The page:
#!/bin/sh - # # @(#)slip.login 5.1 (Berkeley) 7/1/90 # # generic login file for a slip line. sliplogin invokes this with # the parameters: # 1 2 3 4 5 6 7-n # slipunit ttyspeed loginname local-addr remote-addr mask opt-args # /sbin/ifconfig sl$1 inet $4 $5 netmask $6 # Answer ARP requests for the SLIP client with our Ethernet addr /usr/sbin/arp -s $5 00:11:22:33:44:55 pub
The additional line in this slip.login, arp -s $5 00:11:22:33:44:55 pub, creates an ARP entry in the SLIP server's ARP table. This ARP entry causes the SLIP server to respond with the SLIP server's Ethernet MAC address whenever another IP node on the Ethernet asks to speak to the SLIP client's IP address.
When using the example above, be sure to replace the Ethernet MAC address (00:11:22:33:44:55) with the MAC address of your system's Ethernet card, or your “proxy ARP” will definitely not work! You can discover your SLIP server's Ethernet MAC address by looking at the results of running netstat -i; the second line of the output should look something like:
ed0 1500 <Link>0.2.c1.28.5f.4a 191923 0 129457 0 116
This indicates that this particular system's Ethernet MAC address is 00:02:c1:28:5f:4a -- the periods in the Ethernet MAC address given by netstat -i must be changed to colons and leading zeros should be added to each single-digit hexadecimal number to convert the address into the form that arp(8) desires; see the manual page on arp(8) for complete information on usage.
Note: When you create /etc/sliphome/slip.login and /etc/sliphome/slip.logout, the “execute” bit (i.e., chmod 755 /etc/sliphome/slip.login /etc/sliphome/slip.logout) must be set, or sliplogin will be unable to execute it.
/etc/sliphome/slip.logout is not strictly needed (unless you are implementing “proxy ARP”), but if you decide to create it, this is an example of a basic slip.logout script:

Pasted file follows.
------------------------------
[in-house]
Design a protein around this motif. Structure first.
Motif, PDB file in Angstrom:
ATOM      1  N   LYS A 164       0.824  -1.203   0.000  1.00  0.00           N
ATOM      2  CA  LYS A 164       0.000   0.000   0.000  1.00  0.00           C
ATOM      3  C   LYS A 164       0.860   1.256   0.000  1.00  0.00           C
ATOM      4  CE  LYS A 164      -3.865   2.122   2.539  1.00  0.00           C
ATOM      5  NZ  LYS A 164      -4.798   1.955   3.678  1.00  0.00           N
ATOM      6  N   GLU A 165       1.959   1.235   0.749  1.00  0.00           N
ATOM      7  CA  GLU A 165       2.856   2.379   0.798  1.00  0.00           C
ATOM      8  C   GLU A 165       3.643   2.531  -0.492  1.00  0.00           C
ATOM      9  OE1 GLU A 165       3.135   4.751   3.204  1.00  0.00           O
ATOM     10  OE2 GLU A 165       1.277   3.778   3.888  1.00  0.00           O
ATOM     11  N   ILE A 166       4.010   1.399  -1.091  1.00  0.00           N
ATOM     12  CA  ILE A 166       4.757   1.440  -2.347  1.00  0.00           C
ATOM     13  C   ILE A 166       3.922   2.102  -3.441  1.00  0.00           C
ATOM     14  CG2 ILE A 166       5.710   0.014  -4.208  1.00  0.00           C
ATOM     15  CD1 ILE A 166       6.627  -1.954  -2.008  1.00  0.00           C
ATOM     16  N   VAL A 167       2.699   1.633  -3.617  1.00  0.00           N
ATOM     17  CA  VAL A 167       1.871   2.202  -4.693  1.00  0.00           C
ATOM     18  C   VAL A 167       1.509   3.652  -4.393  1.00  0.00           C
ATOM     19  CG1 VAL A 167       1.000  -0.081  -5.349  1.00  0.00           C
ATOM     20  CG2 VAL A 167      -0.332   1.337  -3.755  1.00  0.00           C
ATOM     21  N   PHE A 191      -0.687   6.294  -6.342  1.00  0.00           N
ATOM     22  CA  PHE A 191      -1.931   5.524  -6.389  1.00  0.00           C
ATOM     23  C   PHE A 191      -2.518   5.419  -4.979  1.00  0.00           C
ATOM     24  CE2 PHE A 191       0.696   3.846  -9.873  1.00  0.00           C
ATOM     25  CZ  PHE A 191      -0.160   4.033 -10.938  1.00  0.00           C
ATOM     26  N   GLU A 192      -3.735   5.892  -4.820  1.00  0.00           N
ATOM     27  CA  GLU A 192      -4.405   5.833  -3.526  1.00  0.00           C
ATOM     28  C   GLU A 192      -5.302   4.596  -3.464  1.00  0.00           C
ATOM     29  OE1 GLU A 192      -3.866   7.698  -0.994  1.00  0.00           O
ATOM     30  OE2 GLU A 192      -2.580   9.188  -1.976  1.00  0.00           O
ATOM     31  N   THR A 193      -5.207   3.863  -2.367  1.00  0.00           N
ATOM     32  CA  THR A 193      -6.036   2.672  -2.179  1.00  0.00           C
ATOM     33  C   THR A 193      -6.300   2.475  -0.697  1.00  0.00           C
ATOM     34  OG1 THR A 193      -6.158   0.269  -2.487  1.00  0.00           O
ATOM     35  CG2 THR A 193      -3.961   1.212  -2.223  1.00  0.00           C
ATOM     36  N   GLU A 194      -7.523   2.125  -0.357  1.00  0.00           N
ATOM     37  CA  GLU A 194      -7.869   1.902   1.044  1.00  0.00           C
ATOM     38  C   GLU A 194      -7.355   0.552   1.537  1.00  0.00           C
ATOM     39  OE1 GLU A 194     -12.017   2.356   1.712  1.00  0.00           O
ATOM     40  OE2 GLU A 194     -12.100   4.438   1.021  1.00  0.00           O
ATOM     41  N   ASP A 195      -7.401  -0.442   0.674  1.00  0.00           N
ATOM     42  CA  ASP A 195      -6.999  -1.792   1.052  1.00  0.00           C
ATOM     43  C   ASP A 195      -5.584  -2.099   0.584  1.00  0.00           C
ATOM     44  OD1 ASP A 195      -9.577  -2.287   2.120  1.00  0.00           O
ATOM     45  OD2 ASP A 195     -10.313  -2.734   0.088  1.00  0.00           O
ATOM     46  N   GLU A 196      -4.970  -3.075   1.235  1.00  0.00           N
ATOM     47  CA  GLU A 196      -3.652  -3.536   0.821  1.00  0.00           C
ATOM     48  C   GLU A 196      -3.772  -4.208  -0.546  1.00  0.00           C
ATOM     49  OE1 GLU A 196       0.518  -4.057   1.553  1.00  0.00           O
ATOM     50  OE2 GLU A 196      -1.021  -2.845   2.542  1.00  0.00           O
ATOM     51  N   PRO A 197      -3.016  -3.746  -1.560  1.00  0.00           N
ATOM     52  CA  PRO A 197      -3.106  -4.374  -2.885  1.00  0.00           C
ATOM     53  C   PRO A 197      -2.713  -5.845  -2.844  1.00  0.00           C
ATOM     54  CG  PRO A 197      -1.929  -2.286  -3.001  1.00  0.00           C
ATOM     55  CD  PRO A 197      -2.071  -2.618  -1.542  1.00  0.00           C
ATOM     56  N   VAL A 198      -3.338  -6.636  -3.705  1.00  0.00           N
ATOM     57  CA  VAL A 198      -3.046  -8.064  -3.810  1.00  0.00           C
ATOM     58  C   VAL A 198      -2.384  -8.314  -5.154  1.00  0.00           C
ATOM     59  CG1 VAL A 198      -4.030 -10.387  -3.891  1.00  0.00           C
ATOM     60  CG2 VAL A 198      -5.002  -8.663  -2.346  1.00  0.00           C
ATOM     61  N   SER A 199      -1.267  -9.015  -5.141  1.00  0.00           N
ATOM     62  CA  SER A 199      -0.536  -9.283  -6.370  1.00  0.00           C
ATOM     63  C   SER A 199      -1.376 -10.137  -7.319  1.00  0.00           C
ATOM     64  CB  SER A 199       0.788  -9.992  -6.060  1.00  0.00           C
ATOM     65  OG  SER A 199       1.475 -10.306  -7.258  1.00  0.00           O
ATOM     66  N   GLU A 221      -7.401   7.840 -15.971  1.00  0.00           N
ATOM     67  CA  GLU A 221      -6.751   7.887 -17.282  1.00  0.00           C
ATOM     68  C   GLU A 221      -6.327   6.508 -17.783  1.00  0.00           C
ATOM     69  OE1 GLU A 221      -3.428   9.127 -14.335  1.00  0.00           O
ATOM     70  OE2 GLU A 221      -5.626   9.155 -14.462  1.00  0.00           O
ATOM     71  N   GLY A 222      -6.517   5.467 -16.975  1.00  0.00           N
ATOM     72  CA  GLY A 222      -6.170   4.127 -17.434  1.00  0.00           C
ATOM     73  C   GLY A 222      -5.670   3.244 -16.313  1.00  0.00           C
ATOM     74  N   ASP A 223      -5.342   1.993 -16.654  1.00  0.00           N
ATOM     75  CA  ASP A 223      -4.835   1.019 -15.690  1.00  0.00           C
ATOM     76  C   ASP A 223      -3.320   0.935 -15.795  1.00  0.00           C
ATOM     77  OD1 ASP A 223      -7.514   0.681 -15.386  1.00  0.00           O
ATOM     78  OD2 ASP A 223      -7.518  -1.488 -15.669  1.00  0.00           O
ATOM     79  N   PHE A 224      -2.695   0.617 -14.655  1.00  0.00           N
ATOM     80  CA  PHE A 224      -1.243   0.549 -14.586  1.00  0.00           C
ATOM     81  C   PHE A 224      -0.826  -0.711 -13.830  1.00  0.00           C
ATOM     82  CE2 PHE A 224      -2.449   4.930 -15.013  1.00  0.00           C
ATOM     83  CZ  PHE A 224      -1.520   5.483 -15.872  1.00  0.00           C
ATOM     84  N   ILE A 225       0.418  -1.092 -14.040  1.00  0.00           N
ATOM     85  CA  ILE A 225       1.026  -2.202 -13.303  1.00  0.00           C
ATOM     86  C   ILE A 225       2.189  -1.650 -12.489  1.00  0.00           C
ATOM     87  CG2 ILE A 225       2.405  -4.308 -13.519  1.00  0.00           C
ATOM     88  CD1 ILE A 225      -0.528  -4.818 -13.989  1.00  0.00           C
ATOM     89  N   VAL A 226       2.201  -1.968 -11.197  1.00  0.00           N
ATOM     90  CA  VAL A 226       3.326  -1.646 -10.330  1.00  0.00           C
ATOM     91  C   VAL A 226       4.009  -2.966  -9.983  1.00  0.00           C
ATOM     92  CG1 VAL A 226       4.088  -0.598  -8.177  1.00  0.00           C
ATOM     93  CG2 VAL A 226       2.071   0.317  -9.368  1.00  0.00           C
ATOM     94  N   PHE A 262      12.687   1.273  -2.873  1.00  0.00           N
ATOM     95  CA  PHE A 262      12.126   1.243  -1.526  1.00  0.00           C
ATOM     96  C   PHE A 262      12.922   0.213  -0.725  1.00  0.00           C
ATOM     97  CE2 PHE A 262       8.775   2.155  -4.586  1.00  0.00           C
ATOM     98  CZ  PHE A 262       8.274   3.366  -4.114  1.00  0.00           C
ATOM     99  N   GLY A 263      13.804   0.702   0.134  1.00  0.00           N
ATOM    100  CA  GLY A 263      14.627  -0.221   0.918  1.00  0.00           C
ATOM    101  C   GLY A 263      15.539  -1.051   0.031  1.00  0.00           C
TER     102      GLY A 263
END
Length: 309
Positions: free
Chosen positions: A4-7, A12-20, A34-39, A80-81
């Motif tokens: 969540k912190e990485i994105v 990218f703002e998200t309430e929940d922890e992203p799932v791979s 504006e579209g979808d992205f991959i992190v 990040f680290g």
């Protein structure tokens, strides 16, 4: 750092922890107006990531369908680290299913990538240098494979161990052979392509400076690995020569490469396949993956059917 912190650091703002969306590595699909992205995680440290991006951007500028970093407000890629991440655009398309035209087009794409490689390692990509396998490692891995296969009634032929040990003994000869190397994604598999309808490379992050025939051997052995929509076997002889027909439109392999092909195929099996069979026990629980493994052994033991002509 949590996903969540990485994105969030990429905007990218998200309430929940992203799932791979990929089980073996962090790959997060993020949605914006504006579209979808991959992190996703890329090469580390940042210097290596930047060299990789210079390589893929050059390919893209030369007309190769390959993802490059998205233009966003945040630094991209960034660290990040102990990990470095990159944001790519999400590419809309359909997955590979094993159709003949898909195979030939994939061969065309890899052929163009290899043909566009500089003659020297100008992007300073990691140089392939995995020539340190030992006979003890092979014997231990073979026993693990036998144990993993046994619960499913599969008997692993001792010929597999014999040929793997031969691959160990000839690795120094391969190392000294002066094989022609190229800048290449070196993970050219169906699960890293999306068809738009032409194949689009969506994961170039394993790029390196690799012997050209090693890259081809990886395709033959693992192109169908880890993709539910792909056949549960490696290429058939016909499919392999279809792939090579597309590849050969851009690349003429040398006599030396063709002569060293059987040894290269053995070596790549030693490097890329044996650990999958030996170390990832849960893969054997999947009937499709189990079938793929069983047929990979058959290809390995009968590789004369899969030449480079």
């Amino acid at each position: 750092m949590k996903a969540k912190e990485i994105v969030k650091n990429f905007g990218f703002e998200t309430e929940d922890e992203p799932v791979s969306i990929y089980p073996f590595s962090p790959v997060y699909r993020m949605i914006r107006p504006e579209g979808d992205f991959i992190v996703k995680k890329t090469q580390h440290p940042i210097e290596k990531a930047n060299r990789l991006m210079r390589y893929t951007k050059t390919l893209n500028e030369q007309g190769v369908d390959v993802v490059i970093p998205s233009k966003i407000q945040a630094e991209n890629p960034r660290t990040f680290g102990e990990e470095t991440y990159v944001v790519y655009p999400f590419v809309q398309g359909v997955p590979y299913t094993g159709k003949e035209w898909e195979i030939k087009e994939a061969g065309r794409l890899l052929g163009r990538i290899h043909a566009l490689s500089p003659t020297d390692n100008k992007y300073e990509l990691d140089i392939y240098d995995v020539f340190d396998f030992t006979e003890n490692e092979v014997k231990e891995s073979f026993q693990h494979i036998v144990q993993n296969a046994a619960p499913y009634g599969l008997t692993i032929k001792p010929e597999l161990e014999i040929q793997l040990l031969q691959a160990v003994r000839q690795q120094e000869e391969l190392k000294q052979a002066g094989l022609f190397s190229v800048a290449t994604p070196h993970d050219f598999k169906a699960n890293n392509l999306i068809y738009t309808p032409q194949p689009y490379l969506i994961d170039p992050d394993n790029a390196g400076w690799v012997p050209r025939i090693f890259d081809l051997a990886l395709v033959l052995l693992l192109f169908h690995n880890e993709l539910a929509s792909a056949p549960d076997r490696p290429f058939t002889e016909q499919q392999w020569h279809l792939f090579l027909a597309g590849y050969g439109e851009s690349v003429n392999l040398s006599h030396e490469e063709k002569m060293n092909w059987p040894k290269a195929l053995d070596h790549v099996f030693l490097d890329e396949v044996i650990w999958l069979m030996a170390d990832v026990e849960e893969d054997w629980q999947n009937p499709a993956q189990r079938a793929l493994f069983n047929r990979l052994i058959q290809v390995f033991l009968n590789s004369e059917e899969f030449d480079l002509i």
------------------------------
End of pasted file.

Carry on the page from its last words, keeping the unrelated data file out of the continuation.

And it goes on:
#!/bin/sh - # # slip.logout # # logout file for a slip line. sliplogin invokes this with # the parameters: # 1 2 3 4 5 6 7-n # slipunit ttyspeed loginname local-addr remote-addr mask opt-args # /sbin/ifconfig sl$1 down
If you are using “proxy ARP”, you will want to have /etc/sliphome/slip.logout remove the ARP entry for the SLIP client:
#!/bin/sh - # # @(#)slip.logout # # logout file for a slip line. sliplogin invokes this with # the parameters: # 1 2 3 4 5 6 7-n # slipunit ttyspeed loginname local-addr remote-addr mask opt-args # /sbin/ifconfig sl$1 down # Quit answering ARP requests for the SLIP client /usr/sbin/arp -d $5
The arp -d $5 removes the ARP entry that the “proxy ARP” slip.login added when the SLIP client logged in.
It bears repeating: make sure /etc/sliphome/slip.logout has the execute bit set after you create it (i.e., chmod 755 /etc/sliphome/slip.logout).
If you are not using the “proxy ARP” method for routing packets between your SLIP clients and the rest of your network (and perhaps the Internet), you will probably have to add static routes to your closest default router(s) to route your SLIP clients subnet via your SLIP server.
Adding static routes to your nearest default routers can be troublesome (or impossible if you do not have authority to do so...). If you have a multiple-router network in your organization, some routers, such as those made by Cisco and Proteon, may not only need to be configured with the static route to the SLIP subnet, but also need to be told which static routes to tell other routers about, so some expertise and troubleshooting/tweaking may be necessary to get static-route-based routing to work.